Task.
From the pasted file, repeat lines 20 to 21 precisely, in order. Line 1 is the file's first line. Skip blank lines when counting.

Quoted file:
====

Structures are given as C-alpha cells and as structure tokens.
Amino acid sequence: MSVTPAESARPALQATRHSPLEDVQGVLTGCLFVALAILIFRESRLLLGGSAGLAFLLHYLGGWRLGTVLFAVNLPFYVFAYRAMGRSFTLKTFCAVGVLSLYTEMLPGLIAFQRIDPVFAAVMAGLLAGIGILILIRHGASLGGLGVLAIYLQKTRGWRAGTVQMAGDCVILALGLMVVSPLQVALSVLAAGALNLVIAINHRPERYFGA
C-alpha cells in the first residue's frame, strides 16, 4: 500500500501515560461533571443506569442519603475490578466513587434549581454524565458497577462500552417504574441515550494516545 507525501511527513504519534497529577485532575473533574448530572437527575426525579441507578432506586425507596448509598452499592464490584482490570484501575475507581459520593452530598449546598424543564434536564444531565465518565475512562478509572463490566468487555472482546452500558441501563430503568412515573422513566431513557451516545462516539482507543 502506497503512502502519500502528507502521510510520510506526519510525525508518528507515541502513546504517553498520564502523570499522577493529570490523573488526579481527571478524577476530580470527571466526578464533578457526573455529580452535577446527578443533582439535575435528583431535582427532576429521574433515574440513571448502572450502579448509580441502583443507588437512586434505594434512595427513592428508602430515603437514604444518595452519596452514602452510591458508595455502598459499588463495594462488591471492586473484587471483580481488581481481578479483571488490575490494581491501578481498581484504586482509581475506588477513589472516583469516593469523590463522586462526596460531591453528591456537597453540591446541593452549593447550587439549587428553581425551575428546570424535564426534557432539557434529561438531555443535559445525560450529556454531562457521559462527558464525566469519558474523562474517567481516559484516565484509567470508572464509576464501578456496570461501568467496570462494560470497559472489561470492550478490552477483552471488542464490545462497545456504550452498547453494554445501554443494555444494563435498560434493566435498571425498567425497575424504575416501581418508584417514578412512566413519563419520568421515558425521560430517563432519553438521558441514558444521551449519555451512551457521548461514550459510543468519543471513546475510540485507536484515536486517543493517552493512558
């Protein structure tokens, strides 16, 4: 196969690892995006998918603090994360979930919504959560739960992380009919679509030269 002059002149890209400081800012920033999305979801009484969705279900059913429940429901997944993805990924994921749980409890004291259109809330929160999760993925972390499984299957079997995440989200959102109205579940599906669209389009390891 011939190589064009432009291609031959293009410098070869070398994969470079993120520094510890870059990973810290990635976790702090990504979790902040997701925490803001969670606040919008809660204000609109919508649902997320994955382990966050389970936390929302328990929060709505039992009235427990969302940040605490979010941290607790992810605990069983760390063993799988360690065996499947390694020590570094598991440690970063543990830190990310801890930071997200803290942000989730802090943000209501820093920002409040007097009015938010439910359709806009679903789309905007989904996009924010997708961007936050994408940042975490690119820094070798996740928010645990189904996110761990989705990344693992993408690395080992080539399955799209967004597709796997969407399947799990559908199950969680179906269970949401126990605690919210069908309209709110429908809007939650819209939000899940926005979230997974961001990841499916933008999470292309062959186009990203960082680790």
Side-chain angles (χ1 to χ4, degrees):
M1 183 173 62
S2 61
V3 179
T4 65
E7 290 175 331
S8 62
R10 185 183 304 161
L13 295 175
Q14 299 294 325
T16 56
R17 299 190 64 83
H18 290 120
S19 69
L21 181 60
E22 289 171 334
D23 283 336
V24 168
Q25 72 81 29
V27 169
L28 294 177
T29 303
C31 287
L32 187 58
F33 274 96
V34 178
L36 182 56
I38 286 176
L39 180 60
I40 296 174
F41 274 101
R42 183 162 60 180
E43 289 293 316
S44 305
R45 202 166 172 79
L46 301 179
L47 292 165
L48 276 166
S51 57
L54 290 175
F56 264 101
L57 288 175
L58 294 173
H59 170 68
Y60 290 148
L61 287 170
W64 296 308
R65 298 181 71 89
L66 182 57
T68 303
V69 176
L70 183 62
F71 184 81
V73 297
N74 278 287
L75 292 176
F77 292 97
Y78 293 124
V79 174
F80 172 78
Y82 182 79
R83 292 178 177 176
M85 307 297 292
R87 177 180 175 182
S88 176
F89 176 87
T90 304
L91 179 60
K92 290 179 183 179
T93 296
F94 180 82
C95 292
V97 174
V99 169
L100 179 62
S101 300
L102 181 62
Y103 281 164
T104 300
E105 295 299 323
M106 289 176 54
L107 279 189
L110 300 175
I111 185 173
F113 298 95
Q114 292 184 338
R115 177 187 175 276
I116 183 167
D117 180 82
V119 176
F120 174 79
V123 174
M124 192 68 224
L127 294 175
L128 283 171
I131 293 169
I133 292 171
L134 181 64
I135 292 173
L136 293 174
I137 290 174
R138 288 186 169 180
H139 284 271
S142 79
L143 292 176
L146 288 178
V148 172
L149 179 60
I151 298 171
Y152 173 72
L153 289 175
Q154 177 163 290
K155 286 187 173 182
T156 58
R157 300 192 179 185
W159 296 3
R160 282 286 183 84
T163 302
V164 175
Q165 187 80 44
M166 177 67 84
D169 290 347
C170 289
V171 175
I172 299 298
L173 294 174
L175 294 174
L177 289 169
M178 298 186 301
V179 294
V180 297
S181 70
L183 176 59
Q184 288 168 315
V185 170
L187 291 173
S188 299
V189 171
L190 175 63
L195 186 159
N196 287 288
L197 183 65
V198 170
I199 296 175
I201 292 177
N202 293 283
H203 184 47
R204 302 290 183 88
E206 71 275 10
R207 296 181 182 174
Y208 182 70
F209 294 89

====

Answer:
E22 289 171 334
D23 283 336